HAIKUS 53-62

The fisherman hears
screaming that at first he thinks
is seagulls screeching.

He follows the sound
with his fishing boat to a
nightmare scene from hell:

the flailing bodies,
of drowning migrants, whose boat
has sunk, deep below.

Saving all he can
he wrenches the bow around
and heads back, homewards,

for Lampedusa,
his tiny boat, just afloat,
with its heavy load.

And those left behind
swap their hopes for despair and
gulp down sea for air.

Reaching the harbour
he lands his wailing cargo,
then turns back, alone,

into silent seas,
where vainly he searches the
bleak, black, emptiness…

…returning later
to a shore that will never
feel like home again,

where border police
process the survivors and
lock them in prison.


3 thoughts on “HAIKUS 53-62

  1. It’s a very emotive issue on all sides of the question of immigration intake. Yes we do have a responsibility for the poor wherever they are as citizens of the world, and yes governments do have a responsibility to protect those who are under their citizenship. I’ve travelled the world over 30 years and can assure you that there is a stark difference between cultures that can be destructive if not managed in a host culture. You’ve seen that on the streets of London and we’ve been introduced to the issue in Sydney this past week. Unless there is a process of cultural understanding and assimilation. I know you don’t believe in borders but think of what would happen to you if terrorists were able to go where they pleased without any form of control. Kindness will not change their mentality. This in no way minimizes our responsibility to help them in their own culture where that need arises, and having had a lot to do with NGO’s this is happening as much as funds are available.

  2. I think we probably have far more overlap in our views than disagreement. The no borders thing isn’t going to happen soon, because I am sure there would be far too much resistance. So the focus needs to be on finding humane and fair ways of processing sanctuary seekers and the balance of power in the world. I’m all for helping people in their home countries too if that can be done in a way that is safe for them .
    I also agree about the importance of a process of cultural understanding an assimilation that you mention.
    I’m not convinced that strict border controls is the way to stop terrorism though – and think the solution is more complex and has to do with the development of intra-national tolerance and assistance. I’m not surprised that many are hostile to the west given our track record of colonialism, exploitation, war and meddling in the polities of other countries – and I believe that a significant proportion of the small number of terrorists are a consequence of this appalling track record in international affairs. To really turn things around we are going to have to clean our act up, compensate for past injustices, and start conducting ourselves with greater morality around the world, and, yes, I’m not ashamed to say that kindness should be a part of this. I don’t believe this is naive – I think it is essential if we are to eventually turn things around – though there is a great deal of work to do and it will take a long time to address the damage that has already been done.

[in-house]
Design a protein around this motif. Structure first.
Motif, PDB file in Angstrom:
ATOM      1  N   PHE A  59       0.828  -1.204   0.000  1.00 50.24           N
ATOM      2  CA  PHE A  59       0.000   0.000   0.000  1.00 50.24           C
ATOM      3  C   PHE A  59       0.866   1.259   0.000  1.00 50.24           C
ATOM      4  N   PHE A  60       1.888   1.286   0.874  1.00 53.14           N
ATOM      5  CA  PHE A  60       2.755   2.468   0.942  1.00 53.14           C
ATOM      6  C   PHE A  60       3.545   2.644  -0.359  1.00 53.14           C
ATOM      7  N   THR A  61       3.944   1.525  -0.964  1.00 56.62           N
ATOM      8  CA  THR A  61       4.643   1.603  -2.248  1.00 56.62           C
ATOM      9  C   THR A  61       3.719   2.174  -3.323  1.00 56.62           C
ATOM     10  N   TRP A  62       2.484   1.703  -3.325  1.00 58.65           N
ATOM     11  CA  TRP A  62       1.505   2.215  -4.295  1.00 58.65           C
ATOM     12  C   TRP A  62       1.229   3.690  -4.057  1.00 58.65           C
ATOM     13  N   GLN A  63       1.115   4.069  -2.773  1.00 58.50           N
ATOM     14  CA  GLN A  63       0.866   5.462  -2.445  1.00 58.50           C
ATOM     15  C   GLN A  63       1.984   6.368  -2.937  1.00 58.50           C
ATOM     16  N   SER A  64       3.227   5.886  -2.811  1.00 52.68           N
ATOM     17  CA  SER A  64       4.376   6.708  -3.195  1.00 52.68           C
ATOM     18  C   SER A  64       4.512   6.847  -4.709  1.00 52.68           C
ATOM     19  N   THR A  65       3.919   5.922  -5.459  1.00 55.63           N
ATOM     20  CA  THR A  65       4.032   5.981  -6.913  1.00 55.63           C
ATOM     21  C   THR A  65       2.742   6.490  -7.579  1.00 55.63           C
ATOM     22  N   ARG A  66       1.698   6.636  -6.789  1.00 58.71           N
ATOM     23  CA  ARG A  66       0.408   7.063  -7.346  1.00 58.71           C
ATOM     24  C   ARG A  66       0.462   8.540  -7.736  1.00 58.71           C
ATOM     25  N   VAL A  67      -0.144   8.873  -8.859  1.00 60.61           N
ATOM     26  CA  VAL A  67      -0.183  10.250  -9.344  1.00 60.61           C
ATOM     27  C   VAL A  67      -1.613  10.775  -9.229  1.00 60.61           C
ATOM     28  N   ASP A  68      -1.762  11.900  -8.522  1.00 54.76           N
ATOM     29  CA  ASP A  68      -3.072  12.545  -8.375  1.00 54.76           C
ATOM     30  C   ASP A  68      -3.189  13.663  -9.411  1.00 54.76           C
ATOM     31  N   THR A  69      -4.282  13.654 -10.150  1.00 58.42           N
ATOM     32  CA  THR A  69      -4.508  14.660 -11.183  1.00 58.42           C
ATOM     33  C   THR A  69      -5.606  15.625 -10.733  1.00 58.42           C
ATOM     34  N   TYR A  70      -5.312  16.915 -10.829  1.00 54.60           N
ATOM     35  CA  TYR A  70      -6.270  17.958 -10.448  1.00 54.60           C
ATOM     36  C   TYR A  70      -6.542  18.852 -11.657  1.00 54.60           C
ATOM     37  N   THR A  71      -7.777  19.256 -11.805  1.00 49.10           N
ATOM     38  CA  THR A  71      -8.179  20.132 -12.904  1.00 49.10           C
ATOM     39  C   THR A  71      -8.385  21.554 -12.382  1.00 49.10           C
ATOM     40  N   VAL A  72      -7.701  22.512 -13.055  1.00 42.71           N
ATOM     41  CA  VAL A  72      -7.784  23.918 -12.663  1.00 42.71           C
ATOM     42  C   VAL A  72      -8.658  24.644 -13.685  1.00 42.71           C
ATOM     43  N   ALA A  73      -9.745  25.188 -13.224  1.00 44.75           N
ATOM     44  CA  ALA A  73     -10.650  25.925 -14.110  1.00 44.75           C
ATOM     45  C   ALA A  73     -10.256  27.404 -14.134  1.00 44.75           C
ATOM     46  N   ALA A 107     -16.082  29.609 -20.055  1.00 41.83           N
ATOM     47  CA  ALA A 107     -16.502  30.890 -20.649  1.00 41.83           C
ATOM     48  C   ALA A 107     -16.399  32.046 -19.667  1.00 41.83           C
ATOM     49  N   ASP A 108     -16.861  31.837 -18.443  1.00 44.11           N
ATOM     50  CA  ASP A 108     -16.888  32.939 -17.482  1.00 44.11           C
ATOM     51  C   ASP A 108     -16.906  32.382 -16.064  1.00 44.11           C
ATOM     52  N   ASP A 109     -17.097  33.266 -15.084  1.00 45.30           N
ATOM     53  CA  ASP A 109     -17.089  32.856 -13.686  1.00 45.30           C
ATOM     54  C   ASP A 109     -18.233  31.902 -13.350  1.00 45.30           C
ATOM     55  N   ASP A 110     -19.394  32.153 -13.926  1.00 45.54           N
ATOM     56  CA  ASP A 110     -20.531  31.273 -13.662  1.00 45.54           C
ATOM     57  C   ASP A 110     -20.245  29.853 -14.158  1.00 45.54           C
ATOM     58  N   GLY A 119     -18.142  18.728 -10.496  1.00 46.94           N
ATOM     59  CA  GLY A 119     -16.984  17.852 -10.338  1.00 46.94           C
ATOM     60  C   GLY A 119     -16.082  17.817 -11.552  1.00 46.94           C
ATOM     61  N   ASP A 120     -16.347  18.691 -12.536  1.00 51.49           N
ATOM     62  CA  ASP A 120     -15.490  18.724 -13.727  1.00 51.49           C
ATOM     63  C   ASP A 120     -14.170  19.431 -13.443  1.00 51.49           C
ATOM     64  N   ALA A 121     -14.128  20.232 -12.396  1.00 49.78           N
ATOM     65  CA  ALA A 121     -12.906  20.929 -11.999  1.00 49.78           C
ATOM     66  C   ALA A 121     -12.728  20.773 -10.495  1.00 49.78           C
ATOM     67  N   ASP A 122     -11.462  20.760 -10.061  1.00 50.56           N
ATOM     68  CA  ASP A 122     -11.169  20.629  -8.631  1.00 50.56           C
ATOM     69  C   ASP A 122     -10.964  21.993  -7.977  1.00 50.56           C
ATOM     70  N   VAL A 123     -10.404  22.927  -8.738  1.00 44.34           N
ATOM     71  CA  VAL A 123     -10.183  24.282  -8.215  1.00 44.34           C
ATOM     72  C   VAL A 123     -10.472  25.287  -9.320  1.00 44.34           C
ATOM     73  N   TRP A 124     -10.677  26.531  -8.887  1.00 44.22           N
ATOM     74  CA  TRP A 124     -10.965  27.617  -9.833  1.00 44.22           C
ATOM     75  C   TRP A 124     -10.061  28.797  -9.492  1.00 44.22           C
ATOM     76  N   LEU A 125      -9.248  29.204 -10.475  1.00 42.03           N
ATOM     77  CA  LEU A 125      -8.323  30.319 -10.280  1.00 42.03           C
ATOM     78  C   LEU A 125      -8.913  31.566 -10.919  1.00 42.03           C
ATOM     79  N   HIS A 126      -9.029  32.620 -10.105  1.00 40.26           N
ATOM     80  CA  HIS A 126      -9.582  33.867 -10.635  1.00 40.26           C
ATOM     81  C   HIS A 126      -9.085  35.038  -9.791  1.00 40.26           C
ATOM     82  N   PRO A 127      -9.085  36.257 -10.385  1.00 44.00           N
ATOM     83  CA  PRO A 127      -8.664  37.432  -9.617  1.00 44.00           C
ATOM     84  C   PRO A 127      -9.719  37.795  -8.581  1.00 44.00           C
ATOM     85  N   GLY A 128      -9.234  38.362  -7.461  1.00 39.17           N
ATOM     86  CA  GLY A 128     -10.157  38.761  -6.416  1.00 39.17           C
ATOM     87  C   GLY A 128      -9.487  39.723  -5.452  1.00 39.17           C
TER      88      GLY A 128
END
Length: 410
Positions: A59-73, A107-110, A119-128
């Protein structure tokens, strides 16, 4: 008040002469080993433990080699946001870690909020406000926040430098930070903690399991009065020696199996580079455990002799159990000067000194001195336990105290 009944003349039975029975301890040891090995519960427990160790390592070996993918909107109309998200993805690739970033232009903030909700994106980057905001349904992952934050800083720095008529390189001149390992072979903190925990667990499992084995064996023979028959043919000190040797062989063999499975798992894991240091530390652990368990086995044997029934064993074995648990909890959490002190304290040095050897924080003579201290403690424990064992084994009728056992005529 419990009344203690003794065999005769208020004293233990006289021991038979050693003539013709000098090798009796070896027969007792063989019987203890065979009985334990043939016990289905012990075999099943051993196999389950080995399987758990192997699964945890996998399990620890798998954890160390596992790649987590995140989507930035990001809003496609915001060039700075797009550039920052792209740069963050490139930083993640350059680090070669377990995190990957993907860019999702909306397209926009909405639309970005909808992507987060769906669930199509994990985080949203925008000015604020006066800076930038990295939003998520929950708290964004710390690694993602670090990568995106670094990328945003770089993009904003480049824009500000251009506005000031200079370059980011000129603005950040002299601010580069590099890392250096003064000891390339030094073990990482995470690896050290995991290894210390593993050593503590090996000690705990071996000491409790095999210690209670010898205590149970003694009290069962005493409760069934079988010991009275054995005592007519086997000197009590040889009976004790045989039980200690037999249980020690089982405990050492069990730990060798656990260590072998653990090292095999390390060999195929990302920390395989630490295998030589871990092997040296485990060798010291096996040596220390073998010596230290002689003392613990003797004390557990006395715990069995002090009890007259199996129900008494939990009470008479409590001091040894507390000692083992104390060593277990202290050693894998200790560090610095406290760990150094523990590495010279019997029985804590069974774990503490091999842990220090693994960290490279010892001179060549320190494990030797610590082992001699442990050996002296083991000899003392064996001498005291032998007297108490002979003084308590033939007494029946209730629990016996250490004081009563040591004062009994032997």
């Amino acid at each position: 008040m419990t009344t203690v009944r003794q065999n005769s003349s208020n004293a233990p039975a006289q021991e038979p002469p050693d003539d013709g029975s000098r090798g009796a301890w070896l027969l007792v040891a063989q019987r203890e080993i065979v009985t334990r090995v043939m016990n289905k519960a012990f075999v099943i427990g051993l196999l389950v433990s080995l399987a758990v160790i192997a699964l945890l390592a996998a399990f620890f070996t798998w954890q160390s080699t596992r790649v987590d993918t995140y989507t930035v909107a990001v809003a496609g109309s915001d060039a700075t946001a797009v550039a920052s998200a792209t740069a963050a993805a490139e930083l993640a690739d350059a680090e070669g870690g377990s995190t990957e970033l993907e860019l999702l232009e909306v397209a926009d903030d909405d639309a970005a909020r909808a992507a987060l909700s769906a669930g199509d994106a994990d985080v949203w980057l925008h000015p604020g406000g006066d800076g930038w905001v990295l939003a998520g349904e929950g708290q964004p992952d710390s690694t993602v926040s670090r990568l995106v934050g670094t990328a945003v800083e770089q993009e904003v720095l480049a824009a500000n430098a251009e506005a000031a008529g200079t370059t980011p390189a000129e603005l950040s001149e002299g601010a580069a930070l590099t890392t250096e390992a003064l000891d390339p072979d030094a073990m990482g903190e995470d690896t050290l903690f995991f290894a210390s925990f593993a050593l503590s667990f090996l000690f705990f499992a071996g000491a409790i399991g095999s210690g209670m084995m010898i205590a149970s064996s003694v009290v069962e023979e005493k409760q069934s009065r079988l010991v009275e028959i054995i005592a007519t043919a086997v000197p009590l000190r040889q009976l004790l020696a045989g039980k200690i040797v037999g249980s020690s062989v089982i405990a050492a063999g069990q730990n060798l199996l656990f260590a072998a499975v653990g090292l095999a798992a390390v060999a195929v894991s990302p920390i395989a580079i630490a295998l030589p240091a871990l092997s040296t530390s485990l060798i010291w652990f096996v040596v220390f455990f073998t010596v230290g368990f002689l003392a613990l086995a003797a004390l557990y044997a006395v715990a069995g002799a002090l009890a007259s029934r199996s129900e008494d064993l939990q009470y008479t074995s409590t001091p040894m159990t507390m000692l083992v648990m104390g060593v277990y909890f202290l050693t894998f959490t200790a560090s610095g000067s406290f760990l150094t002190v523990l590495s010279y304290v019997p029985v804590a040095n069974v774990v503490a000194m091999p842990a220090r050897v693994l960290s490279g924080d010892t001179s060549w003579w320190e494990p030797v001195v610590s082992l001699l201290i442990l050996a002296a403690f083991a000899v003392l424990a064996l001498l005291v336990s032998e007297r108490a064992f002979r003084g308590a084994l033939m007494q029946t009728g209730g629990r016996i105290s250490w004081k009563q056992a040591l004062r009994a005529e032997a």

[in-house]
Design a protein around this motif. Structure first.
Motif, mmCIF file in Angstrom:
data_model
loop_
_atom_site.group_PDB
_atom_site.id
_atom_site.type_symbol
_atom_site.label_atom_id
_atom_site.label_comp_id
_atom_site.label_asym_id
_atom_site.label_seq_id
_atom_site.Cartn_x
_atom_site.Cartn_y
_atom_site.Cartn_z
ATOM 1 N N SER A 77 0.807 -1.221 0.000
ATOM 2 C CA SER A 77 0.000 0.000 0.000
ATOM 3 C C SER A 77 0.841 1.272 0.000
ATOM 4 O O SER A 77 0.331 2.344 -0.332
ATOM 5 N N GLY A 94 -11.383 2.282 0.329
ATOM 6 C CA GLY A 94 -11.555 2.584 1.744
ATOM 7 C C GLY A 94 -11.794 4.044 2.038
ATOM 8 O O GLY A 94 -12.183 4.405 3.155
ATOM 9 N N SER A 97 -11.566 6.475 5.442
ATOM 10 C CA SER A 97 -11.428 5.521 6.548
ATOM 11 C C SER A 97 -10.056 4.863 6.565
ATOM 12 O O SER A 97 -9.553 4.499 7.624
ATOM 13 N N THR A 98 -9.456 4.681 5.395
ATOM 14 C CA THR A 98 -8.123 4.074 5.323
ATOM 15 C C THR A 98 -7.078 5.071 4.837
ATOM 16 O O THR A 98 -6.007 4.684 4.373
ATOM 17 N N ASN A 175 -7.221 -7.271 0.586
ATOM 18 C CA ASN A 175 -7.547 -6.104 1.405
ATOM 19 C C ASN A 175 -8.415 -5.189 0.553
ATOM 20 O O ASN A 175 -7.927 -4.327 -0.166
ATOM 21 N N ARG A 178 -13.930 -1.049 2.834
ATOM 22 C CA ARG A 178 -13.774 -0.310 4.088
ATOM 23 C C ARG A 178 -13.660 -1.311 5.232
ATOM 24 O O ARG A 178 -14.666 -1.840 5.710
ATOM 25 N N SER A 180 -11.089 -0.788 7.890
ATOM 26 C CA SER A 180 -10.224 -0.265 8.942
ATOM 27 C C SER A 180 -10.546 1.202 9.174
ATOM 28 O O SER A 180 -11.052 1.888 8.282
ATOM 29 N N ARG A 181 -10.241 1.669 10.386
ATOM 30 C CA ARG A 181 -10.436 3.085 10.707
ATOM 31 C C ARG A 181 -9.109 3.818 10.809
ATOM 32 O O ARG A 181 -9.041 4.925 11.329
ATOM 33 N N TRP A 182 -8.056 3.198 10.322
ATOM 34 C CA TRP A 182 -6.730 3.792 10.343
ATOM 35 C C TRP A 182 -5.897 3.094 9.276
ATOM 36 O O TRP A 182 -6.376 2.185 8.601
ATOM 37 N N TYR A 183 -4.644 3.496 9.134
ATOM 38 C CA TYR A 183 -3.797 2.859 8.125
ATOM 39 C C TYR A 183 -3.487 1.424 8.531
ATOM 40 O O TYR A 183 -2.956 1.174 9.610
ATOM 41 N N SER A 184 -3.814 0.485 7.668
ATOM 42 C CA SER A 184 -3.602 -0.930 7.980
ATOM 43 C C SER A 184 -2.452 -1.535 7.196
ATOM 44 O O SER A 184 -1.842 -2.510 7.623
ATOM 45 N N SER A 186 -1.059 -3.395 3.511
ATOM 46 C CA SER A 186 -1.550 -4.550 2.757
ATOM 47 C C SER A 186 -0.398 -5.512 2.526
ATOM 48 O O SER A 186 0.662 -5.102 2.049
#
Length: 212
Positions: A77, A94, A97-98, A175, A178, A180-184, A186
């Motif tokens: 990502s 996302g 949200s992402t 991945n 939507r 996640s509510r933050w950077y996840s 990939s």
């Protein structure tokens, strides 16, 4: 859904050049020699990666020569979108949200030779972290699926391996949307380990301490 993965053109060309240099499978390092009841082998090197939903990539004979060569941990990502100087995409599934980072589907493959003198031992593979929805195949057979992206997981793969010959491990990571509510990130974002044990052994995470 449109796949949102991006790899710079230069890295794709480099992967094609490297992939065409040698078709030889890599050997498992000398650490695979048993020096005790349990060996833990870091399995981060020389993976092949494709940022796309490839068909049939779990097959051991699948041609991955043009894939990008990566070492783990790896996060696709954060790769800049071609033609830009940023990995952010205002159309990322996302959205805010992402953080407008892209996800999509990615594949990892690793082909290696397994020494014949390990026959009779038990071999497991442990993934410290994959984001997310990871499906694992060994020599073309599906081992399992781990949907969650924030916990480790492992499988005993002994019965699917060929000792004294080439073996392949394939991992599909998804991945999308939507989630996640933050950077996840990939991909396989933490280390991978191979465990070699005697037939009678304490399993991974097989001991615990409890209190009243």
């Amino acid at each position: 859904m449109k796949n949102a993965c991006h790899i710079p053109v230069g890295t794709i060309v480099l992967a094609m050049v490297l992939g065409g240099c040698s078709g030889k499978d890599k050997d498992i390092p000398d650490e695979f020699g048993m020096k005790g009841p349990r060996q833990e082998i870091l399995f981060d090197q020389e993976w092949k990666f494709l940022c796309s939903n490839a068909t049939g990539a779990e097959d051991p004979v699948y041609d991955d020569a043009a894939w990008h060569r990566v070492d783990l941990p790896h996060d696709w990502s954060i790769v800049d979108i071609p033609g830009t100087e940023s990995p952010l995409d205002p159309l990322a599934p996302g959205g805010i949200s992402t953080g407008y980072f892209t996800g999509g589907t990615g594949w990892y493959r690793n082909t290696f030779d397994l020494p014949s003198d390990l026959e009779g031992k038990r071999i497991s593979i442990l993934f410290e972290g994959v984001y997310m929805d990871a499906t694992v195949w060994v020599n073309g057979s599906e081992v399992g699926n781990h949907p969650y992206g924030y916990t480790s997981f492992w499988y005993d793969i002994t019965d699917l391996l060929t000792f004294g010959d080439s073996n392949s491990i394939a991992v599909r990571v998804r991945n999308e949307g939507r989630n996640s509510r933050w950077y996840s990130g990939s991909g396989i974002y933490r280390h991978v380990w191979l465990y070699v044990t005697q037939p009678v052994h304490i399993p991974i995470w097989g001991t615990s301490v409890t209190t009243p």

Sadly even then there will still probably be nutters that do things like the appalling thing that happened in Sydney. We may never stop that kind of thing completely but I think we can reduce its incidence in the way described. The problem at the moment is that psychopathic murderers can find mainstream support for their activities because of (partly valid) hostility and resentment in their home countries towards the west that has built up on account of our actions over many centuries. We can never stop the individual nutters but we can begin to address some of the reasons that they get helped and encouraged.
    My sincere condolences by the way to you for the awful tragedy in your country.

  3. I’d call this piece a poem not a string of Haiku even if each verse is the correct number of syllables. It is moving poem as you paint a pretty miserable scene. I enjoyed Ian and your exchange and have little to add to you two giants’ discussion. My two bits is that I believe that the decrease in the birthrate in affluent countries will eventually change governments’ attitudes towards immigration and eventually result in open borders. Just as slavery had to go so will borders, even if it may take 50 to 100 ears!

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